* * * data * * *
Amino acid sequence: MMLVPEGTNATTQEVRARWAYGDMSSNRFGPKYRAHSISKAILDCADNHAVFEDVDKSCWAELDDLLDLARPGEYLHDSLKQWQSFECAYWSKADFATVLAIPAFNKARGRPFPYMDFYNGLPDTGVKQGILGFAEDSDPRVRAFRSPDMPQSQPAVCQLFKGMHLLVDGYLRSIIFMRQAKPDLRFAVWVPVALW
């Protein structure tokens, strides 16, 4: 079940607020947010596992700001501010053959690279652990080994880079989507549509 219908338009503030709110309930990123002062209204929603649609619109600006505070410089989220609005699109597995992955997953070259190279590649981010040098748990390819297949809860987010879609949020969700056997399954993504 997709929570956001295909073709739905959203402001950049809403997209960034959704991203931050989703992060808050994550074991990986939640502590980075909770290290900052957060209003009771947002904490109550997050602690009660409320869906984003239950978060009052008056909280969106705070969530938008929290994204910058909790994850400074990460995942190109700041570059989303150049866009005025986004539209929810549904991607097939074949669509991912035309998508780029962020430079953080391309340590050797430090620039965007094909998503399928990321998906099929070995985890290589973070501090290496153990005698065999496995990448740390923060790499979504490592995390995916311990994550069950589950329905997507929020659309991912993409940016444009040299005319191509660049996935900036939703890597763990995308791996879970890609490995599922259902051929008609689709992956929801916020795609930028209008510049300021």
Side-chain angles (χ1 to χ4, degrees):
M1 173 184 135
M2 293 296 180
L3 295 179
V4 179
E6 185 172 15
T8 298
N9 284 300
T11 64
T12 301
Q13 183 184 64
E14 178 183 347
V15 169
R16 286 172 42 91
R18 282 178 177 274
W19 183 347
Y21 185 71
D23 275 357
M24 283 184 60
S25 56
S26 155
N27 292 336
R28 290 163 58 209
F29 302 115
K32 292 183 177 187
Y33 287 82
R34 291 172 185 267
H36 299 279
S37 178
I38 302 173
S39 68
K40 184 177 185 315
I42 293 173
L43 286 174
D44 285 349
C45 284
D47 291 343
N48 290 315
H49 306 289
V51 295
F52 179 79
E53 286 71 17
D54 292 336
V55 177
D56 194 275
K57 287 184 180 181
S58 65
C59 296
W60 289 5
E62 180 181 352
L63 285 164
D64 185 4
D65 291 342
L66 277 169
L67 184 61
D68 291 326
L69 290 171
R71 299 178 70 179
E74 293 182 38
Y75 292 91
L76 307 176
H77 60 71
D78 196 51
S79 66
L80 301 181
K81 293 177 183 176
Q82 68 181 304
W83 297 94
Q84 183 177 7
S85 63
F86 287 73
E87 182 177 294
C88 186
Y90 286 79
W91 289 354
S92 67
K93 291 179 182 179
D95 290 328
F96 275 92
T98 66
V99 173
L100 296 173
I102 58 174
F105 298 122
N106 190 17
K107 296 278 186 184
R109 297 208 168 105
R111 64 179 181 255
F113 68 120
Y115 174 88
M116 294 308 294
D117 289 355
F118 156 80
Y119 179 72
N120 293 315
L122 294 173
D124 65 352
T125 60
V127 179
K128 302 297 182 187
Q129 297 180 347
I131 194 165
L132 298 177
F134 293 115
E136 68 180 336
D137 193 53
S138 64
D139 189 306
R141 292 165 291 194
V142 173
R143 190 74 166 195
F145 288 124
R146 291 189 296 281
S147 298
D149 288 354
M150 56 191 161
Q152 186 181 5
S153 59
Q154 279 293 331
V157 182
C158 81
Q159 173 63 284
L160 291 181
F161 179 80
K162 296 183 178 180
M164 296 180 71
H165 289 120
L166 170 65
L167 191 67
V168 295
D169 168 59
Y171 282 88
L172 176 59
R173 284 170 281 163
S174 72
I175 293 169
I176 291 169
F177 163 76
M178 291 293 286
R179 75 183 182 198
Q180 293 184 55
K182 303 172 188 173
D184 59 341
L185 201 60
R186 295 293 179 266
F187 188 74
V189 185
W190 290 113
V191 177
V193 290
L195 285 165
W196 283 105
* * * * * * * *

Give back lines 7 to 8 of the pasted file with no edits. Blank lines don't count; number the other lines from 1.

V4 179
E6 185 172 15